I have a theory about this phenomenon: I think people get back to work on Monday, blow through whatever it is they have to do, and by Tuesday are once again slacking off and leeching off their employers’ internet connections to do stuff related to their sites. It’s the only thing that makes sense given the sheer number of tickets on Tuesday versus other days of the week. Not that I’m knocking slacking off – if whatever you have to do is done, slack away.  I have a suspicion that some people have not completed their work when they indulge their slackiness. Shame on them.

I don’t recall ever seeing this specific issue in the non-tech, in real life jobs I’ve had in the past. It may be that those jobs were just hellish all the time. Certainly the retail jobs I’ve held were pure hell, every day.

If this is as bad as it gets, user-wise, on otherwise normal days (no server crashes, network issues, etc.) then I guess it isn’t too terribly bad on this end. We could still dowith a little relief from the folks who are not inclined to take instructions to heart, though, regardless of the day.

Until next time, peeps: be well.

The eyes are the window to the soul

Except when you’ve had something hit you in the eye. Then, the eye is a painful window to the soul – or should that be a “paneful” window? Yuk yuk.

Fortunately, it was just something that smacked me in the eye at some point that I don’t even remember. Went to the doc, and got some drops that cleared it right up. Protect your eyes, folks – wear your safety glasses when mowing or doing anything that has the potential to whack you in the eyes.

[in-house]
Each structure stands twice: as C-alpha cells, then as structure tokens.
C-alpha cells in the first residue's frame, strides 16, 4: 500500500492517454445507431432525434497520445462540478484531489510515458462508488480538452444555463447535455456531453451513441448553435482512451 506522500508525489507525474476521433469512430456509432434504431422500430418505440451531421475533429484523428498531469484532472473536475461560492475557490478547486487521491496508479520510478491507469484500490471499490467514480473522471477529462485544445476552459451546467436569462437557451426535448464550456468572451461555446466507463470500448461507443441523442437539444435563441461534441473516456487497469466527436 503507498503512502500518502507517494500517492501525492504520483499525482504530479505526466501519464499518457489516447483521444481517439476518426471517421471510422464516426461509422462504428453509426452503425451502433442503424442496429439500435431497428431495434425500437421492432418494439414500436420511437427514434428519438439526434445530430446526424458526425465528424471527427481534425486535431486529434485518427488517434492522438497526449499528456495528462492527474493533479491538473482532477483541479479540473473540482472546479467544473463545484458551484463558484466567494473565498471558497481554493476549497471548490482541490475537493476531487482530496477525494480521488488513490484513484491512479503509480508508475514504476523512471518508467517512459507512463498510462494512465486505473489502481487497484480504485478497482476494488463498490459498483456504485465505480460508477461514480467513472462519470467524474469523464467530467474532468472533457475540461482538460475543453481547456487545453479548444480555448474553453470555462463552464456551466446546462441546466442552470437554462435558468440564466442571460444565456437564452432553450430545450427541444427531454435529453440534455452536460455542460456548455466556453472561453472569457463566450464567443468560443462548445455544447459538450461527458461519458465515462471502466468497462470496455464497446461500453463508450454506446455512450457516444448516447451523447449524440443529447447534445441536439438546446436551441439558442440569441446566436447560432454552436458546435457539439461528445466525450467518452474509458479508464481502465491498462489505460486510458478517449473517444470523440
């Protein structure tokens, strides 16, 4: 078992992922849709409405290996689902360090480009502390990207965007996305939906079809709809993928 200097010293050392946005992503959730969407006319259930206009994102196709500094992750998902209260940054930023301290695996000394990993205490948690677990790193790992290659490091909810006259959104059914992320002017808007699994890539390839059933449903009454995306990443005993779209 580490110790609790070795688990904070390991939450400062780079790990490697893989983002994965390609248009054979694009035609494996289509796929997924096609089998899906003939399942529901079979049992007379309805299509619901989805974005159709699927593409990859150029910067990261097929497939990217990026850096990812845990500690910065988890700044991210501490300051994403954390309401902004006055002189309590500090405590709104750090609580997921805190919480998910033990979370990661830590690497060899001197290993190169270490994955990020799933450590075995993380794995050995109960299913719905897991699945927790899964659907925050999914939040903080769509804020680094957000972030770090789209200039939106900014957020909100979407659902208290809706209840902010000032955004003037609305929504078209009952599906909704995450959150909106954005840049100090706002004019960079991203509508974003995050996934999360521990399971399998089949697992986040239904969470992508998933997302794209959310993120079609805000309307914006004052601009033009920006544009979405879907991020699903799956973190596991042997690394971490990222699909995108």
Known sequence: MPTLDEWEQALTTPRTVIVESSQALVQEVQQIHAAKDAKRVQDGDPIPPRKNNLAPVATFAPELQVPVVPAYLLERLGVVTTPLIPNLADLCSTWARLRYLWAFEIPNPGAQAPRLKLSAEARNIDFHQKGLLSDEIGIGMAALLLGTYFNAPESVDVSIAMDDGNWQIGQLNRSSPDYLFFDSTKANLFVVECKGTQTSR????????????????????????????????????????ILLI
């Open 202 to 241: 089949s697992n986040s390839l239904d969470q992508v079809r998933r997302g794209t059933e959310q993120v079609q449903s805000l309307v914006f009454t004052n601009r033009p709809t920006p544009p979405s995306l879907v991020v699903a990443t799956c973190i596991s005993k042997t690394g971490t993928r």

Until next time, peeps: be well.

 

Habit

I’ve tried a couple of times this year to post to the blog daily. It hasn’t always worked out, mainly because I didn’t put it too high on the priority list. That goes for my writing, too. That’s changing, though. This stuff needs to become a habit in the same way the other things I do are habits, and like some upcoming things (that I’ll details later) will be.

So here we are, trailing toward the end of the day, and here’s a post. Maybe it will just be a picture.  Maybe it will just be text. Maybe it will be a combination of the two.

I’m editing a video of part of the hive inspections I did Friday and Saturday, and hopefully I’ll get that done before I completely run out of gas here tonight.

For now, I’ll sign off with this bit of brilliance, courtesy of Mother Nature.

Rainbow over the ranch, July 1, 2018.

Until next time, peeps: be well.

 

 

More like slow, am I right?

I’ve never liked the “am I right” thing tagged on to stuff people say. It’s annoying and I think it should be retired along with  “that’s what she said”, “I know, right?”, and the one I find the most annoying of all, “because (something).” We have the gift of words people. Surely you can come up with a “because” that illustrates what it is exactly, you’re trying to say.

Now, on to other business, and when I say slow up there in the title of this post, I mean the type of slow that happens when you’re waiting for time to pass in anticipation of an event. Like eating.

According to researchers, there are various benefits to fasting, and the latest one is that fasting – even for 24 hours – can help your body regenerate intestinal stem cells more quickly than it would otherwise.

Normally – and those of you who took anatomy and physiology may remember this – the cells in your intestines, just like in other parts of your body, but apparently fasting creates some kind of signal to hurry along the process.

So what’s the slow part of all this? Watching that clock, I bet, for most people, to see when that 24 hours of fasting is up so they can go right back to whatever it is they eat.

For me, I’m not going to be fasting any time soon. Not by choice, anyhow. My body gives me enough grief and times when I can’t eat as it is. I don’t need to help it along.

Until next time, peeps: be well.